Indeed, in 1985, Miller was working as a journalist when he decided to quit his job and join the MFA program and work as a teaching assistant. “I loved it from the first day of teaching English 101,” he says. “And I have been here teaching every fall and spring since 1985. That’s a long time. I enjoy putting the courses together, picking the texts. That gets my creativity going, and then I like trying to get that creativity across to students, watching them get it. I love working with students.”
And as it turns out, students love working with him too. Third-year MFA student Emily Heiden contends, “I truly haven’t seen another professor in a position of leadership—as Bill is with the MFA program here—who’s quite so willing to work with students on meeting them where they are, like he has for me. He’s really flexible and understanding of students’ individual situations and circumstances, which shows a rare big-picture approach to education.”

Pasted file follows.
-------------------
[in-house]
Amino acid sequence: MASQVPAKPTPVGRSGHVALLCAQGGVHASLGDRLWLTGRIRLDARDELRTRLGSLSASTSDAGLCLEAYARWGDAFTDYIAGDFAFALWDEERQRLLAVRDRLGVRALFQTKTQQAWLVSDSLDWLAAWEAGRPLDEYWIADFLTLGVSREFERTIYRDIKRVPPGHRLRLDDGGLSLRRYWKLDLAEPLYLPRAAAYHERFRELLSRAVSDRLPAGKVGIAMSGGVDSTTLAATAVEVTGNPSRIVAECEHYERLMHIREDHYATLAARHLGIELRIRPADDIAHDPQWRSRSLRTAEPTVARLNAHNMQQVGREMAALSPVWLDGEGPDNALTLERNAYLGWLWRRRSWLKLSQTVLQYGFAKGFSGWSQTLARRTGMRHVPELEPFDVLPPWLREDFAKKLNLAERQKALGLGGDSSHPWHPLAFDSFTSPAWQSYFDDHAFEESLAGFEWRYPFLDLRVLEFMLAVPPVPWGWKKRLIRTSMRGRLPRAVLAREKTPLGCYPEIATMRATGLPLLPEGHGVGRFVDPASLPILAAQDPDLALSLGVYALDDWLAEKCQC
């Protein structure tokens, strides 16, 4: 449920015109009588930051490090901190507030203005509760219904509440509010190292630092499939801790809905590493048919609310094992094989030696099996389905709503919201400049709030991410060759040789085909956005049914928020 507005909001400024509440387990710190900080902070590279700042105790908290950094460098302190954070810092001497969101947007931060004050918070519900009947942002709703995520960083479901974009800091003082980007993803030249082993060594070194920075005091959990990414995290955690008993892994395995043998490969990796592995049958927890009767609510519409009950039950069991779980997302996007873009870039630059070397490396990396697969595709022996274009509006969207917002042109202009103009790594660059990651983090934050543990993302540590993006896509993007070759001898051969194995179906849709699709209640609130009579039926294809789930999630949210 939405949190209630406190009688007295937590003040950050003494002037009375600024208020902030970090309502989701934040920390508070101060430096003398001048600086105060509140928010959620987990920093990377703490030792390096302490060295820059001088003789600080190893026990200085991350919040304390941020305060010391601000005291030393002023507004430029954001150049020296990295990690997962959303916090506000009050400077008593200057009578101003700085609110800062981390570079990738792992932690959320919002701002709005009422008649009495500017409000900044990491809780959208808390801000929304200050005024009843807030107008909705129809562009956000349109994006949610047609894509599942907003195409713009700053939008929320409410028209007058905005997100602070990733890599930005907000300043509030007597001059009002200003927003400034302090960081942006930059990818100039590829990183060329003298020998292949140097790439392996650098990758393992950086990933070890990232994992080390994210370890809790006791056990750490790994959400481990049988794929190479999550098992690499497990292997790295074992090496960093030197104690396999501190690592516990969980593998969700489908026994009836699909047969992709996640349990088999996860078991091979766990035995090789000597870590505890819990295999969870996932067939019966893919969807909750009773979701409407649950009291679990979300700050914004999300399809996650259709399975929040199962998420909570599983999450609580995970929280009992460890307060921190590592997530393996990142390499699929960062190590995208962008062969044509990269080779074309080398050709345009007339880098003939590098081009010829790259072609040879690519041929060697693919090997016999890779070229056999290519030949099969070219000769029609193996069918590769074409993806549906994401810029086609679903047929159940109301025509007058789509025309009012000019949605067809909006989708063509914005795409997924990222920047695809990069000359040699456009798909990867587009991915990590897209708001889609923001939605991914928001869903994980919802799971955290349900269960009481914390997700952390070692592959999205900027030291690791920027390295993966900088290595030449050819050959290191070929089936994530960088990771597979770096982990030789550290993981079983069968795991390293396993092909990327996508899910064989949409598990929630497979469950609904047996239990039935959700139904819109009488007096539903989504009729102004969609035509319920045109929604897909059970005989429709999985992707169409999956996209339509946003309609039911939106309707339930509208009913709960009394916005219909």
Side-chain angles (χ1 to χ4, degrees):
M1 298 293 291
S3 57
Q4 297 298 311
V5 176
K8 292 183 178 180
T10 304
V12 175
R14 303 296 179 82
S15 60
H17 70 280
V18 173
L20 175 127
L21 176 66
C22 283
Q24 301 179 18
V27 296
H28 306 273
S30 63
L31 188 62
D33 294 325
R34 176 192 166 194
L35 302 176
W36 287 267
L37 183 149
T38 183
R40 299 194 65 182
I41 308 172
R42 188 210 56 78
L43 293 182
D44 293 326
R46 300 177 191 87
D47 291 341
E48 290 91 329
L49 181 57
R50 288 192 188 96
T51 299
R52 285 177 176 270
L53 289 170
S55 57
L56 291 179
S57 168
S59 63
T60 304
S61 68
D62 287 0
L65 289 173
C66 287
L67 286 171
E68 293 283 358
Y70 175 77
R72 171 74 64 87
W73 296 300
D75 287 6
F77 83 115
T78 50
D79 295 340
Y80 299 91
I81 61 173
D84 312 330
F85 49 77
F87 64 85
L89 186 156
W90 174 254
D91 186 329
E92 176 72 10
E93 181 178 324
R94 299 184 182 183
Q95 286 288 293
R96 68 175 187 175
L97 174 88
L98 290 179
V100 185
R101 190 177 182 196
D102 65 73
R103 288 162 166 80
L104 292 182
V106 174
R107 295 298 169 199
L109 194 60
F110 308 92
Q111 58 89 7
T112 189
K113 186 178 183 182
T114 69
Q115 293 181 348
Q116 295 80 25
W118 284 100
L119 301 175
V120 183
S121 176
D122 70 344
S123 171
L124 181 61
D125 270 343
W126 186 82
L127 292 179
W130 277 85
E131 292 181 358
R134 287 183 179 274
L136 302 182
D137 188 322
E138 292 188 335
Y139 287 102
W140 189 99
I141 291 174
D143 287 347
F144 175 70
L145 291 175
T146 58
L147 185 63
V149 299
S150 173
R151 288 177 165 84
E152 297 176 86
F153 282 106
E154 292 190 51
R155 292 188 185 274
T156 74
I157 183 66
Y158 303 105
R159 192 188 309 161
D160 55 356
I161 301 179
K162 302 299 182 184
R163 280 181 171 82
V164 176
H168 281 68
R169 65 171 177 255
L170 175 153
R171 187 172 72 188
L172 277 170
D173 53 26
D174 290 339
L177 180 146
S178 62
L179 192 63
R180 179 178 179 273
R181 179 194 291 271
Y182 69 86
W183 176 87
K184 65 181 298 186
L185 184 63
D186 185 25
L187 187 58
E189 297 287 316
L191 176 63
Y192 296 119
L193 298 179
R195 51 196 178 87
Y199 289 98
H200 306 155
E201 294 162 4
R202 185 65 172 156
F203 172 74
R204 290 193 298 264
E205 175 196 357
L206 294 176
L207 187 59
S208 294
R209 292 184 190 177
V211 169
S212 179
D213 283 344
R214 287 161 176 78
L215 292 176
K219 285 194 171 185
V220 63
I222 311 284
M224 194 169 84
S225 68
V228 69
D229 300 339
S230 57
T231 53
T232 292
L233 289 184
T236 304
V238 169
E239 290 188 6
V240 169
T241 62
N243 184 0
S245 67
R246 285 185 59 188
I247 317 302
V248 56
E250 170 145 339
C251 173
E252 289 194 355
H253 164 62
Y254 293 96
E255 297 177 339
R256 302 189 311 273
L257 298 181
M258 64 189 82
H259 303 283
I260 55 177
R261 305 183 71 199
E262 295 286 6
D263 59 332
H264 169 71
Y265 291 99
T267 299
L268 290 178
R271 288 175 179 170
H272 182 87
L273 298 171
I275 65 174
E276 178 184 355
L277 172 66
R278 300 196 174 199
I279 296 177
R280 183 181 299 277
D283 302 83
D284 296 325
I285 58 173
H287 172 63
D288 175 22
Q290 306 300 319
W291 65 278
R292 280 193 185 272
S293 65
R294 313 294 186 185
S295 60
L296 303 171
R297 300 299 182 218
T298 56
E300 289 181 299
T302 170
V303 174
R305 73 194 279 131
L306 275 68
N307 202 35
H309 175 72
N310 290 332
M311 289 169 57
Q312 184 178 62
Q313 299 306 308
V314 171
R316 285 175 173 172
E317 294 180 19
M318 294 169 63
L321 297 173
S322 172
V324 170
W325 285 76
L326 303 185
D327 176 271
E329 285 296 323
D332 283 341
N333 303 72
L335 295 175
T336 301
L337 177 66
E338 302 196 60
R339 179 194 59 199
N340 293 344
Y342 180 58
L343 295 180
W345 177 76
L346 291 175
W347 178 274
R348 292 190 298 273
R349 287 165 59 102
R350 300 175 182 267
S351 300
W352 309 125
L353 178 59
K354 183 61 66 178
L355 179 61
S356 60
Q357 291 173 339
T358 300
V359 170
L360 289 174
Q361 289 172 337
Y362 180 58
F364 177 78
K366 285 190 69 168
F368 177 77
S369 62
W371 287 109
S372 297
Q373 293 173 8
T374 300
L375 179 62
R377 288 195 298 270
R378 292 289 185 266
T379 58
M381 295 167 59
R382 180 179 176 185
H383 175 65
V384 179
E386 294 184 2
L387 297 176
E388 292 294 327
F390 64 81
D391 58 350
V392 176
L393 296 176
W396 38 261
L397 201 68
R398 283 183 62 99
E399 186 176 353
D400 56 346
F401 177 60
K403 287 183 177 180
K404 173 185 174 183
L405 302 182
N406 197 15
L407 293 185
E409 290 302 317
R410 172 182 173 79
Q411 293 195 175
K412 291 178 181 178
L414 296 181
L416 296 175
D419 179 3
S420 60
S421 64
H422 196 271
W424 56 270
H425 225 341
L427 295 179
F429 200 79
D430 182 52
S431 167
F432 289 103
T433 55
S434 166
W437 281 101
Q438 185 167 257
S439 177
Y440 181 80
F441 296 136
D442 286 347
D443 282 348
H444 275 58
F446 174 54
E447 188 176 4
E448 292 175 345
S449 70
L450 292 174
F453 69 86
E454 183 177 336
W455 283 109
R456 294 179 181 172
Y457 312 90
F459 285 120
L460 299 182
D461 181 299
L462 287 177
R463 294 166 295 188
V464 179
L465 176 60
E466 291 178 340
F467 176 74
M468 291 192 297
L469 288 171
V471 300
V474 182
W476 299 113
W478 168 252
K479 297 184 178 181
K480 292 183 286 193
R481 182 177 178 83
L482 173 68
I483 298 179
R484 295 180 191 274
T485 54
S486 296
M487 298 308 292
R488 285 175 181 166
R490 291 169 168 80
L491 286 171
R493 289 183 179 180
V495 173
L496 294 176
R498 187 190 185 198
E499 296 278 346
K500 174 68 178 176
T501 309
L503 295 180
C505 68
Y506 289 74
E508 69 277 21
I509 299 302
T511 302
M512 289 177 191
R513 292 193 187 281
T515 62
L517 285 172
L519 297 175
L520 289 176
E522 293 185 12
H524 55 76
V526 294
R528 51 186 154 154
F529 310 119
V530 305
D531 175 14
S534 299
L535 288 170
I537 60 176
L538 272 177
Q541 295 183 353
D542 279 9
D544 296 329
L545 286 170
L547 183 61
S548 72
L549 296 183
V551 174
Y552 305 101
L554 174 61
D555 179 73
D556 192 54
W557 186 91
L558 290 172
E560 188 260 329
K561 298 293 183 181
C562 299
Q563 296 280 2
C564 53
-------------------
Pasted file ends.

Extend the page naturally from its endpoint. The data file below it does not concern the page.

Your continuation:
It is indeed impressive what Miller has done for the MFA program, its students, and its alumni since he took it over in 1992. “Since I came to the program, it’s been really fun to try to build it up,” he says. “I’ve tried to build up our endowment base, so if a student has an opportunity to go someplace and has no money, we can say here, yes, we can support that. And when I took over you couldn’t do that. We did not have those resources, and to build that up has been great. It’s also been fun to watch people come through the program and develop as writers and go off. I think there are close to 300 books by Mason MFA alums out there. It’s terrific.”
This enthusiasm is exactly what those in the MFA community, including third-year student Merrill Sunderland, admire about Miller. “From my first day here,” Sunderland says, “Bill has expressed nothing but commitment to nourishing the MFA Program and creative writing in general. He’s been devoted to improving and building alumni relations so that we graduates have a support group of peers after we graduate, and, importantly, job prospects. Above all else, he seems most interested in forming a community of writers and readers and teachers. He’s doing work few others are doing.”